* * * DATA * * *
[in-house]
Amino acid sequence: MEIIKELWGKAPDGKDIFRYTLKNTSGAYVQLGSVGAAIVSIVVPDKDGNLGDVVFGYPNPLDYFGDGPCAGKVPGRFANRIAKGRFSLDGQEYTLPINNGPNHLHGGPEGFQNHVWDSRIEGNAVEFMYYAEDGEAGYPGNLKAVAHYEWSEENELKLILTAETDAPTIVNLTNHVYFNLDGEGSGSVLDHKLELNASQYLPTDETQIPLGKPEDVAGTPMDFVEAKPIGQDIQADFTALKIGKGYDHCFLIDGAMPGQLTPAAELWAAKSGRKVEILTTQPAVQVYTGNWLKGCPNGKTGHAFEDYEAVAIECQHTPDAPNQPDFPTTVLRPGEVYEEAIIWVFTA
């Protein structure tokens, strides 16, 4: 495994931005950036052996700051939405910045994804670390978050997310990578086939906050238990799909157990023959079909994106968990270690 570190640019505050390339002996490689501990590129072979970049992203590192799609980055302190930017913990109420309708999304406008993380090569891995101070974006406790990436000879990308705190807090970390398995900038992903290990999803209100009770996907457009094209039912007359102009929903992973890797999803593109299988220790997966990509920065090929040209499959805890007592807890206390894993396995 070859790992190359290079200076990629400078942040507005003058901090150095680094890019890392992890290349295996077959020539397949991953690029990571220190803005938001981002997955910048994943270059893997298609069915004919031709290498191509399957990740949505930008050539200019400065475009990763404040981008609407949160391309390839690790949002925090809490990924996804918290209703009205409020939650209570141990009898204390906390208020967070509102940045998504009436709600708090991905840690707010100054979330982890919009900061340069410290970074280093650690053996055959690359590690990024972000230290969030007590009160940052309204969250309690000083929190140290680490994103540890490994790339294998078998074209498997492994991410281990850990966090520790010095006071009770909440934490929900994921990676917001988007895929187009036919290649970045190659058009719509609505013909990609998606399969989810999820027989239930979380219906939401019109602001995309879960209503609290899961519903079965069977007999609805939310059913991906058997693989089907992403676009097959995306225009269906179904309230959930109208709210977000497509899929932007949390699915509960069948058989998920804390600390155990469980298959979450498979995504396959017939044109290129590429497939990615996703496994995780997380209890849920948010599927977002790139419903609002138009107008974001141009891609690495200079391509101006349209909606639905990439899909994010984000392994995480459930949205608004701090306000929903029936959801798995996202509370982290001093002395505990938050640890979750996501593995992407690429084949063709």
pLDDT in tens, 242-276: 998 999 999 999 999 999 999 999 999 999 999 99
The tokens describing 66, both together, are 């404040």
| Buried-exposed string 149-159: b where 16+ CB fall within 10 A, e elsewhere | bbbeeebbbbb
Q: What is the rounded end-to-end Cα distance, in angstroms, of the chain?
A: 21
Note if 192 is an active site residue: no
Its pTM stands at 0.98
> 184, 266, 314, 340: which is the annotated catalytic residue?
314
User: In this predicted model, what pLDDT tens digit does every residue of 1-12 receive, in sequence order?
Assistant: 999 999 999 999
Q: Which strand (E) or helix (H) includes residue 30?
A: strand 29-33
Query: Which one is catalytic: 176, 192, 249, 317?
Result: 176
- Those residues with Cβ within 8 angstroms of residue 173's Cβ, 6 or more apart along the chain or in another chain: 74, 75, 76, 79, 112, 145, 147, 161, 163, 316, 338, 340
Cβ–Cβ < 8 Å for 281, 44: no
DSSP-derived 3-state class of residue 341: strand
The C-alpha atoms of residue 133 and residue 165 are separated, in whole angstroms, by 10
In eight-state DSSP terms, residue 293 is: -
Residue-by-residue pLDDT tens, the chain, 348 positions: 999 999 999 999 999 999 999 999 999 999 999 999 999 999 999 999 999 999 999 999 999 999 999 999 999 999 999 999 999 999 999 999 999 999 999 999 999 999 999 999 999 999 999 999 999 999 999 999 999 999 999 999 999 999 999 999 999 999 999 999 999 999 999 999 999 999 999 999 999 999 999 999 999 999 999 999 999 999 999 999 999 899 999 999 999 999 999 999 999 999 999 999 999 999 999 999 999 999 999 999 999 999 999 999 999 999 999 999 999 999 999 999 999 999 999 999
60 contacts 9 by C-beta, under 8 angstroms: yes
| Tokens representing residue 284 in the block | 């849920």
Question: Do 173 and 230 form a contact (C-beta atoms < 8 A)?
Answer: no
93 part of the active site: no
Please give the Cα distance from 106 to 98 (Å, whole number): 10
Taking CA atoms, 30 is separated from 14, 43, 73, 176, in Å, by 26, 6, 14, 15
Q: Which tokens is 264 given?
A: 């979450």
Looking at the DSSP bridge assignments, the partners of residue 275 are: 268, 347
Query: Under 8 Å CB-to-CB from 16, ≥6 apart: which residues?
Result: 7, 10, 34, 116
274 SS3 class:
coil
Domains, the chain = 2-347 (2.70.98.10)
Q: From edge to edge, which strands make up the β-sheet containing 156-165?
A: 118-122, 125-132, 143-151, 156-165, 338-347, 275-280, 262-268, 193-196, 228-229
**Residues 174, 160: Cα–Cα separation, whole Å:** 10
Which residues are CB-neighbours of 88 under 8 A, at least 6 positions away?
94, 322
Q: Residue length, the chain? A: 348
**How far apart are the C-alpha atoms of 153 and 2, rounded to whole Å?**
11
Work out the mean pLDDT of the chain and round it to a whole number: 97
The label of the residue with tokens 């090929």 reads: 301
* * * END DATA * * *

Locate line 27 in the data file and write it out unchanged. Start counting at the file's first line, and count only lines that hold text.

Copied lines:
Question: Do 173 and 230 form a contact (C-beta atoms < 8 A)?